Family mediation: a successful solution in child abduction cases

14/10/2018

Family mediation: a successful solution in child abduction cases

Brussels, 14 October – Today marks the beginning of International Mediation Week which aims to promote the importance of family mediation in parental abduction cases. Despite its success rate, mediation remains a solution that is not sufficiently used in Europe.

In Europe, a continent without borders marked by significant migration flows, international marriages are increasingly commonplace. About 180 000 transnational marriages take place in Europe each year. In some cases, the marriage falls apart and escalates into a family conflict. When a parent takes their child to another country without the permission of the other parent, we talk about parental abduction. In Europe, parental abductions account for 23% of the missing children cases reported to the European missing children hotlines.

Going to court seems to be the most obvious solution to resolve these family conflicts, but this experience can be very traumatic for the child who is caught in the middle, and for the parents, who often end up in a legal custody battle for years. Instead, international family mediation has proven to be a more efficient and less conflictual procedure. In mediation, trained professionals engage directly with the parents to find a solution that reflects the specific family situation, is acceptable for both parties and places the needs and wellbeing of the children at the centre of the process.

Hilde Demarré, Policy officer at Missing Children Europe, who is also a trained family mediator, has witnessed the benefits of mediation for the affected children first-hand: “Mediation is always voluntary and confidential. As a result, mediation agreements tend to work more in the long run because both parents find it a fair solution. Research shows that the wellbeing of a child is higher when both parents believe the solution is fair.”

It is also a more efficient practice: 75% of the family mediation cases in Europe have reached a partial or full mediation agreement. A study by the European Parliament from 2014 also found that family mediation can save significant time and money in resolving parental abduction cases compared to other procedures. However, despite these benefits, mediation remains relatively unknown to the public.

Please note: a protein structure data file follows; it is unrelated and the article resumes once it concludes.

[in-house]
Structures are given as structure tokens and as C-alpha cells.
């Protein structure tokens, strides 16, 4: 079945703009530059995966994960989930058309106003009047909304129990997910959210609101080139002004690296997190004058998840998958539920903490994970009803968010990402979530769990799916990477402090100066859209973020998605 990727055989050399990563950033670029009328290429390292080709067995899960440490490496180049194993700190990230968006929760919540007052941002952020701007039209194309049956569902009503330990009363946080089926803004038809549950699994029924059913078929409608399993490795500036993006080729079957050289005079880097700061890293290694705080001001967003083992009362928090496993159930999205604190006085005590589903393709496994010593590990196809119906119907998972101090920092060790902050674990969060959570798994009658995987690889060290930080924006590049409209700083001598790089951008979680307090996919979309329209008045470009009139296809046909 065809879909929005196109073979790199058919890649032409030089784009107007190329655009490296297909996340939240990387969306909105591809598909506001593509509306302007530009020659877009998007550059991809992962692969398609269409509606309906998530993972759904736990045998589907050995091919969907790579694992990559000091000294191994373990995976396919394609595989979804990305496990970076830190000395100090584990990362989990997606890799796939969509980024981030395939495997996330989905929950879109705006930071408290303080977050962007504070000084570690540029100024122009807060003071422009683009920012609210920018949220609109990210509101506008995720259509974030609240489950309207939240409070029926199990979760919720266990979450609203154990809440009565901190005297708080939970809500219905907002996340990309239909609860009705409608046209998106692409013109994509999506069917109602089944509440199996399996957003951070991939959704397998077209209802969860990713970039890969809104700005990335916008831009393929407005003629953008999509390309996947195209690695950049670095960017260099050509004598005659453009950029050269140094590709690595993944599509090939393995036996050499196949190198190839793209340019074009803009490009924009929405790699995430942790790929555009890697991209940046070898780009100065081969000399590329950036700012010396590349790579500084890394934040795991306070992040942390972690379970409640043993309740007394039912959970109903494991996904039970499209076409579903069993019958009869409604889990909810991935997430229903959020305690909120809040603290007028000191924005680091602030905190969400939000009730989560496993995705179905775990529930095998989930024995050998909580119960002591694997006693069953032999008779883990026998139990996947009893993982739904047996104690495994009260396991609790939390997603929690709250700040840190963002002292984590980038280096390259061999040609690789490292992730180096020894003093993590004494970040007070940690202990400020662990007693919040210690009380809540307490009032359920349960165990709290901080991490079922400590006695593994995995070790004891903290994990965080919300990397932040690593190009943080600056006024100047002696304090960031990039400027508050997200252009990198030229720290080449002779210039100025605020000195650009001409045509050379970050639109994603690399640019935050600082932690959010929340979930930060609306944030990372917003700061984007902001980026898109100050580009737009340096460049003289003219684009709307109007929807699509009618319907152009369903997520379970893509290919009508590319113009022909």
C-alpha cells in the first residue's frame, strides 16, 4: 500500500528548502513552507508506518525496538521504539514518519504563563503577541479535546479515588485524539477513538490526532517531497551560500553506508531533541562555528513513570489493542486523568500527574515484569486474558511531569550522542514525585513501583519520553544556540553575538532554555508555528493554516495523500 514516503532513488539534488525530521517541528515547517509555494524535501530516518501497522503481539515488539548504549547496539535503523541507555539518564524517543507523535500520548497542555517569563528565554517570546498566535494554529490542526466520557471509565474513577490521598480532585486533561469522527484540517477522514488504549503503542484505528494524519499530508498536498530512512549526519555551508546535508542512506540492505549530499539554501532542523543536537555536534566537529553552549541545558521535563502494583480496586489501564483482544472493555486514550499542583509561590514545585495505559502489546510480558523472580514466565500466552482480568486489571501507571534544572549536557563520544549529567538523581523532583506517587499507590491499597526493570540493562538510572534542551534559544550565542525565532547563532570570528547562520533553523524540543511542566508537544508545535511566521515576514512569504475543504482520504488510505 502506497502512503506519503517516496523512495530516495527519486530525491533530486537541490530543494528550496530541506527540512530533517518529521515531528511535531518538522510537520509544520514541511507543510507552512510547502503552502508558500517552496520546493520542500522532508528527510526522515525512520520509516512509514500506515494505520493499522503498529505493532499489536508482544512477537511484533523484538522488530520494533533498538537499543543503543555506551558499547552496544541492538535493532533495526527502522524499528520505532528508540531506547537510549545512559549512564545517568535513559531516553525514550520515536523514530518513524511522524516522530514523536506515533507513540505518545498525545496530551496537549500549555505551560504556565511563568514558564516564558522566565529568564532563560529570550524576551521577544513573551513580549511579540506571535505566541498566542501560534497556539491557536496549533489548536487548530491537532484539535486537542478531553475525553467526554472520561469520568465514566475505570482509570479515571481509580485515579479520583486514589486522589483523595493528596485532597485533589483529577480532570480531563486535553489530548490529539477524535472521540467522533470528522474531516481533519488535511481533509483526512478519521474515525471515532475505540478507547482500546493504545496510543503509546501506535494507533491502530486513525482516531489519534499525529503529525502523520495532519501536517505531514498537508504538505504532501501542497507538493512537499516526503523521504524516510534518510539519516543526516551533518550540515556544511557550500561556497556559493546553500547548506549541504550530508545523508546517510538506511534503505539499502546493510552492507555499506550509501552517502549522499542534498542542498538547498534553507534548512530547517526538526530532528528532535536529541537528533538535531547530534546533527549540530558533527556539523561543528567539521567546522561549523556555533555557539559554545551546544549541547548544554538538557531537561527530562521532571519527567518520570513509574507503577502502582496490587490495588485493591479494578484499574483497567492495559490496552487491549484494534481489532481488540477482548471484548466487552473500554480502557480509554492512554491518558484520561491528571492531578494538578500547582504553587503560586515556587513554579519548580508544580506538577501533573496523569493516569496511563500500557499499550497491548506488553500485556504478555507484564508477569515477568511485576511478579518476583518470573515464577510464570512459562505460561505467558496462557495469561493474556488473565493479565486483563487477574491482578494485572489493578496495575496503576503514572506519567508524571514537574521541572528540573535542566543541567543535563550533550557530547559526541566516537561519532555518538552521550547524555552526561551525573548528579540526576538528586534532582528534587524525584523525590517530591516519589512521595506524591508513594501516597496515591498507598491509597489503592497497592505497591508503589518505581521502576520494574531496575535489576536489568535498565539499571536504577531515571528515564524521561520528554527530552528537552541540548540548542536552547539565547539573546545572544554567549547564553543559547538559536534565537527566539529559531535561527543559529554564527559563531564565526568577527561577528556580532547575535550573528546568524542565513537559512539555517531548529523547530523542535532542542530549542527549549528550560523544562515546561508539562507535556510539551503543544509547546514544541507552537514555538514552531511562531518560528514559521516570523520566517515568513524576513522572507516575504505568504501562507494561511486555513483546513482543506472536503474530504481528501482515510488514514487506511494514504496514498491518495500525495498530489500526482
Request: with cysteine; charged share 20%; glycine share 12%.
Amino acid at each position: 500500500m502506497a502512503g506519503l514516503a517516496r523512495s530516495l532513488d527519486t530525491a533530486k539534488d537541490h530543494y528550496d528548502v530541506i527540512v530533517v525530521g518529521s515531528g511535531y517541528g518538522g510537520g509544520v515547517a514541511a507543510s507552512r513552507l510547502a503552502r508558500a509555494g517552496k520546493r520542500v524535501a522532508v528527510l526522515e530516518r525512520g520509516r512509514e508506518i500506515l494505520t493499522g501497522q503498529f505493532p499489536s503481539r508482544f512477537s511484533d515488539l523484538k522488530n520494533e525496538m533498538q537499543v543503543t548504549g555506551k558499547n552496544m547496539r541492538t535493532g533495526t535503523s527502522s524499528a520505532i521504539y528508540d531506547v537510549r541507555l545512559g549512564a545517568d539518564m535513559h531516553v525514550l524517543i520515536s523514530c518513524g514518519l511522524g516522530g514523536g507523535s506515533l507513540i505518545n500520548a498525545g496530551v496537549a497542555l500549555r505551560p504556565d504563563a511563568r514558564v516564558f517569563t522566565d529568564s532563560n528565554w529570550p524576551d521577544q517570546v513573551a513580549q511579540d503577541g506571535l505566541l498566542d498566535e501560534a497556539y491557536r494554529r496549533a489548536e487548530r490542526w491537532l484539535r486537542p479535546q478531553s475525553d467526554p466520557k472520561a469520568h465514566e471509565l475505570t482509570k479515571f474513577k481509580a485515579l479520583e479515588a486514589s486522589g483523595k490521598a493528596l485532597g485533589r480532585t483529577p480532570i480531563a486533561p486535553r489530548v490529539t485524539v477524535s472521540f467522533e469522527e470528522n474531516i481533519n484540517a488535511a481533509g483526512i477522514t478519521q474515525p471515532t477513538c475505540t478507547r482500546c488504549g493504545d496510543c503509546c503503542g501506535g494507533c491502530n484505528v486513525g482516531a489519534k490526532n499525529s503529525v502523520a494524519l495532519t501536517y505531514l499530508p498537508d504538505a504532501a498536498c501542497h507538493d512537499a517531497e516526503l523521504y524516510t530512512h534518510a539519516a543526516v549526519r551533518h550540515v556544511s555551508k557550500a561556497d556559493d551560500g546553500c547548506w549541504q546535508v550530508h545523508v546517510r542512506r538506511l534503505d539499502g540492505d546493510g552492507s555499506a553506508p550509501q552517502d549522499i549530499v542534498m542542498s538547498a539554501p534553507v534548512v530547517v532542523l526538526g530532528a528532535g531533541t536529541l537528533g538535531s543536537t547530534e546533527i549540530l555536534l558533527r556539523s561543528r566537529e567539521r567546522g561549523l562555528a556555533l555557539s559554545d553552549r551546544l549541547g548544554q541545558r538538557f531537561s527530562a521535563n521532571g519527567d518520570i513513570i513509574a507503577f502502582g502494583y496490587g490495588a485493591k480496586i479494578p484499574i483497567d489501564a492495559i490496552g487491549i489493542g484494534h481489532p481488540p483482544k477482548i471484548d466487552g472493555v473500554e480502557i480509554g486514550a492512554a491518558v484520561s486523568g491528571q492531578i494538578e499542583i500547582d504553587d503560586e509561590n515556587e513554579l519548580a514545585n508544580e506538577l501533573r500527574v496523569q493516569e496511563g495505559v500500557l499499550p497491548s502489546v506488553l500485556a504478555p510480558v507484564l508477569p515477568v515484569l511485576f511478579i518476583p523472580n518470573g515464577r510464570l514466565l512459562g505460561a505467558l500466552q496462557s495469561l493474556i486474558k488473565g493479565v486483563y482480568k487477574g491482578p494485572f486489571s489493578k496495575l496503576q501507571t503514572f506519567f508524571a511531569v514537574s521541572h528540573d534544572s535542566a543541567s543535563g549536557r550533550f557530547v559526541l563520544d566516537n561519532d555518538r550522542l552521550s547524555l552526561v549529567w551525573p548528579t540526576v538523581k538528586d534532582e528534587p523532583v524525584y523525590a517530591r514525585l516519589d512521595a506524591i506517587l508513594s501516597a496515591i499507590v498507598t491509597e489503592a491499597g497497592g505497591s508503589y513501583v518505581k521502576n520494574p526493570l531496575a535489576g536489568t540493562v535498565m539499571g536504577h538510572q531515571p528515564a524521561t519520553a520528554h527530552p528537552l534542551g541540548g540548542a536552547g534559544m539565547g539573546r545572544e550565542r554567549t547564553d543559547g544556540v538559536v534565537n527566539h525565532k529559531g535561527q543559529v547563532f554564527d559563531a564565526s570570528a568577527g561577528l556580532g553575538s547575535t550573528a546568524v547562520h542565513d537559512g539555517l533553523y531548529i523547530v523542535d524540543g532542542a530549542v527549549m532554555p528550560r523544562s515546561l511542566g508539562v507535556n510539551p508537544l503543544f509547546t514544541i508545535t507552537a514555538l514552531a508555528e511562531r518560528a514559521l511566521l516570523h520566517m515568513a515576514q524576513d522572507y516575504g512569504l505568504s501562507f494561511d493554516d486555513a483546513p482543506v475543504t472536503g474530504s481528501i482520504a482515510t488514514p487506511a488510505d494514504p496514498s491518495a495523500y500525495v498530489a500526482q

Missing Children Europe, the national associations supporting missing children and networks of mediators are launching various initiatives for Mediation Week which aims to promote mediation to all stakeholders concerned, including parents, mediators themselves, but also professionals such as lawyers, so that it finally receives the same awareness and promotion by law bodies as one of the best solutions to ensure the wellbeing of the child.

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About Missing Children Europe

Missing Children Europe (MCE) is the European federation for missing and sexually exploited children, representing 31 organisations from 27 European countries. We provide the link between research, policies and organisations on the ground to protect children from any kind of violence, abuse or neglect that is caused by or results from them going missing.

Missing Children Europe coordinates the Cross-Border Family Mediator network that consists of 178 trained family mediators who help prevent and resolve cross-border family conflicts including parental abduction. Find out more about cross-border family mediation here.

What is mediation and how does it work? Watch the video here.

Media contact:

Hilde Demarré

Policy Officer, Missing Children Europe

Hilde.demarre@missingchildreneurope.eu

+32 478 97 87 76

 

 







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Family mediation: a successful solution in child abduction cases
Today marks the beginning of International Mediation Week which aims to promote the importance of family mediation in parental abduction cases. Despite its success rate, mediation remains a solution that is not sufficiently used in Europe.



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